What a year for teen graphic novels!
The 2015 Eisner Award Winnes have been announced and some of my favorite teen graphic novels of the year won in categories that are not limited to younger ages! Here are the winners that are either specifically for books for children and teens or that were won by those books:
BEST NEW SERIES
Lumberjanes by Shannon Watters, Grace Ellis, Noelle Stevenson and Brooke A. Allen
BEST PUBLICATION FOR EARLY READERS (up to age 7)
The Zoo Box by Ariel Cohn & Aron Nels Steinke
BEST PUBLICATION FOR KIDS (ages 8-12)
El Deafo by Cece Bell
BEST PUBLICATION FOR TEENS (ages 13-17)
Lumberjanes by Shannon Watters, Grace Ellis, Noelle Stevenson and Brooke A. Allen
BEST GRAPHIC ALBUM – NEW
This One Summer by Mariko Tamaki & Jillian Tamaki
BEST GRAPHIC ALBUM – REPRINT
Through the Woods by Emily Carroll
Gene Luen Yang for Avatar the Last Airbender and The Shadow Hero
Raina Telgemeier for Sisters
The Tea Party in the Woods by Akiko Miyakoshi
Released August 1, 2015.
Snow has fallen and Kikko wants to help her father clear her grandmother’s walk. He has already left but forgot to take the pie for her grandmother, so Kikko follows his footprints through the snow. She can see him ahead of her when she falls and crushes the pie. Still, she picks it all back up and continues on her way. But her father is heading into a huge building that Kikko has never seen before. As she approaches, she looks in the window and sees that the man she has been following is actually a bear in a coat. A little lamb comes up to her and asks her inside to join the tea party. Kikko is the only human there in a room filled with forest creatures. She quickly is welcomed to their tea party and spends a splendid time with them. When the time comes to continue on her way to her grandmother’s house, the animals replace the crushed pie with one made from different pieces of their own pies. Kikko is soon at her grandmother’s house where they are clearly delighted with the unusual pie.
Miyakoshi has created a story that is pure magic. She takes the traditional Little Riding Hood story of a girl heading through the woods to her grandmother’s house and turns it upside down in a most pleasant and unusual way. Once readers see that she is with wild animals, they will expect the story to take a darker turn. Instead they will discover a book that gets ever friendlier and more welcoming, a book filled with the warmth of new-found friends.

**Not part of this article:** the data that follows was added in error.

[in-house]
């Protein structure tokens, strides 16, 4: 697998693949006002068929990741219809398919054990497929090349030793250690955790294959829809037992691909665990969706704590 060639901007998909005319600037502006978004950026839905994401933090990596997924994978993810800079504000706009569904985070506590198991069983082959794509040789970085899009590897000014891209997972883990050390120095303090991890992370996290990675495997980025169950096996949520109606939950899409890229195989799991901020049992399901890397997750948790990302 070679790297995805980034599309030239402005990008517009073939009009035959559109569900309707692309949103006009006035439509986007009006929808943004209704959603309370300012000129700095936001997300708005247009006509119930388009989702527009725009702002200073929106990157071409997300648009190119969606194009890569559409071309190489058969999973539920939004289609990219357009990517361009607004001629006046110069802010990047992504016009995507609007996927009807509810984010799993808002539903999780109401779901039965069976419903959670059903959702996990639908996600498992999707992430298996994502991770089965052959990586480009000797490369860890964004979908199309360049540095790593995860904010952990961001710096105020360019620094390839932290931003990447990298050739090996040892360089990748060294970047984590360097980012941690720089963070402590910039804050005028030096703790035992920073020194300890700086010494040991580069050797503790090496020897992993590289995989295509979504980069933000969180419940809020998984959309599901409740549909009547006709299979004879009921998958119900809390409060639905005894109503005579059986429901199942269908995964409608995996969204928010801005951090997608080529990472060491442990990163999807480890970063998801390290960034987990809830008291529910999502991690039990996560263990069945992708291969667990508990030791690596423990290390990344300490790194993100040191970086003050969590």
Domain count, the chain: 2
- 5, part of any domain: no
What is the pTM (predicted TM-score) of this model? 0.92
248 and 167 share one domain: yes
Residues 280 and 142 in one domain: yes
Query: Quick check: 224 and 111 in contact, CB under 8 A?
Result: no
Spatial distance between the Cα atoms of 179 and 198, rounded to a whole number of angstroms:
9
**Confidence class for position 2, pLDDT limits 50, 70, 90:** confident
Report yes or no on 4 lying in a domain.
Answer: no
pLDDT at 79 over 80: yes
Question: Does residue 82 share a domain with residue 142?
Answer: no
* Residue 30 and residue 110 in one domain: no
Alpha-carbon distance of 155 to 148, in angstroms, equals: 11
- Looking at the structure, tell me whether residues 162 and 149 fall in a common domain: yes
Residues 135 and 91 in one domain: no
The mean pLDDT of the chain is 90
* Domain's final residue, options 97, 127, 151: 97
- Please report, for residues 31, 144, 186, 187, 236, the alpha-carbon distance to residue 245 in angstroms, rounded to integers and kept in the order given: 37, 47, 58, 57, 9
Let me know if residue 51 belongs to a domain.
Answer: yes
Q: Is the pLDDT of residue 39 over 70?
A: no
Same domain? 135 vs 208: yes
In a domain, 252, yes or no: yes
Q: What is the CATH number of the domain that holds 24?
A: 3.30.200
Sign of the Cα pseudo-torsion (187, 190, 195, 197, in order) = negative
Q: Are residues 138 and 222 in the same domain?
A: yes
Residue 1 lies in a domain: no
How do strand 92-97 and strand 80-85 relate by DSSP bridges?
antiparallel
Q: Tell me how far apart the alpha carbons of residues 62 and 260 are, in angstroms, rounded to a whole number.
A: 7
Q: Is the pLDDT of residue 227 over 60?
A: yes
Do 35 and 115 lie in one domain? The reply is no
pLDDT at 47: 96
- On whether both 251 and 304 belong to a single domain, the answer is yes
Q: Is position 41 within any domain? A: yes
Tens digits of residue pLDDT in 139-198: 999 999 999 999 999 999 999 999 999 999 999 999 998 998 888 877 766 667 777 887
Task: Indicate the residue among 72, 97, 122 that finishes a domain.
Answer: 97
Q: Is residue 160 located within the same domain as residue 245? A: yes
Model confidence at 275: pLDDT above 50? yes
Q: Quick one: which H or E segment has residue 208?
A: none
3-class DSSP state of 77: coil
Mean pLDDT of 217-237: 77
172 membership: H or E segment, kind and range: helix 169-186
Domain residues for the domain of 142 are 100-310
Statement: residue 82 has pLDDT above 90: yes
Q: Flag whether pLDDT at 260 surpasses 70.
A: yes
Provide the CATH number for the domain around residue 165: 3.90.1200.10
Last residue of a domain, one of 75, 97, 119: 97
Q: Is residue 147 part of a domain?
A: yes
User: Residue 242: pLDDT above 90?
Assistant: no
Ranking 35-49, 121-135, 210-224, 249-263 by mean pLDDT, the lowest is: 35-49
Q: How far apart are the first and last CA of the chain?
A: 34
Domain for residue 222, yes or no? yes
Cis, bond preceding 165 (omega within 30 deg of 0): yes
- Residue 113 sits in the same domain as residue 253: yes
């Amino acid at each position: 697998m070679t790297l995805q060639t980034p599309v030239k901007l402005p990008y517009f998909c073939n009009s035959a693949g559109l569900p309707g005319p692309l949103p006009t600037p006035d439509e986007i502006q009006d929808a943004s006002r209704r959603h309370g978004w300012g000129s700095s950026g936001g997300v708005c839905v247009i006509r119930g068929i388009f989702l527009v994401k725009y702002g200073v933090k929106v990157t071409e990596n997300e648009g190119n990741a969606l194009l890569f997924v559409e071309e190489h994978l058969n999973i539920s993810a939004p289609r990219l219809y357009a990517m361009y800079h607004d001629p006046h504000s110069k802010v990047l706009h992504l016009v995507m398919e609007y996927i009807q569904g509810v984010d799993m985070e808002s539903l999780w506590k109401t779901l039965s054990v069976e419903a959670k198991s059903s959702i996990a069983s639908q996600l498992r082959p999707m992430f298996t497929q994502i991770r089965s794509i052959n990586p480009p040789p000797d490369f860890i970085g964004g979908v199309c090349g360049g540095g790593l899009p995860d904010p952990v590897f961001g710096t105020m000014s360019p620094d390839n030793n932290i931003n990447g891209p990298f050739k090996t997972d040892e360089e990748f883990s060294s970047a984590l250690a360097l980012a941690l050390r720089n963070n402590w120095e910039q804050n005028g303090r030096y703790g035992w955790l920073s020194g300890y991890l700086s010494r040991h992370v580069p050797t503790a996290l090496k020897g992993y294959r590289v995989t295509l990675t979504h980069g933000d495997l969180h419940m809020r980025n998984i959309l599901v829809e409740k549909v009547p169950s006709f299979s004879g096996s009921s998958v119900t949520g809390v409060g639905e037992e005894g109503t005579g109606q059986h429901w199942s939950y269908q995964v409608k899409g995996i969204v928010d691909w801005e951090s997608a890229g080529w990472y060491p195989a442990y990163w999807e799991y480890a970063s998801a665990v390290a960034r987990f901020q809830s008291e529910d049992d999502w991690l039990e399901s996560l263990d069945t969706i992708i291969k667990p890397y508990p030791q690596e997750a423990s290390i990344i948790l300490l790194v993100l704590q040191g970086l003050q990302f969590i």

The illustrations are done with touches of color brightening the charcoal and pencil illustrations. Kikko is set apart immediately with her bright yellow hair and red hat and mittens. She is a burst of color against the white and the darkness. The illustrations of the animals are particularly effective. They are realistic and yet the animals are dressed in human attire, making it a lovely and whimsical book.
Gentle and friendly, this twist on Little Red Riding Hood is enchanting. Appropriate for ages 4-6.
Reviewed from copy received from Kids Can Press.
The Wren and the Sparrow by J. Patrick Lewis, illustrated by Yevgenia Nayberg (InfoSoup)
This Holocaust story tells of an old man who weaved carpets on a loom and spent his evening singing to a hurdy-gurdy. His student, the Sparrow, learned at his side. The town in Poland was dark and dismal, all of its trees harvested for kindling. Food and clothes were rationed and even the music was starting to disappear. One day music was removed from the village as soldiers arrived to gather all of the musical instruments and take them away. Everyone had to give up their instruments, but the old man sang one final song before he put his hurdy-gurdy on the pile. And he would not stop singing, even as he was dragged away. That night, the Sparrow returned and took the hurdy-gurdy from the pile and hid it away. Then she too disappeared. It was found years later with a note that spoke of the bravery of both the Wren and the Sparrow and the importance of music in keeping spirits alive in dark times.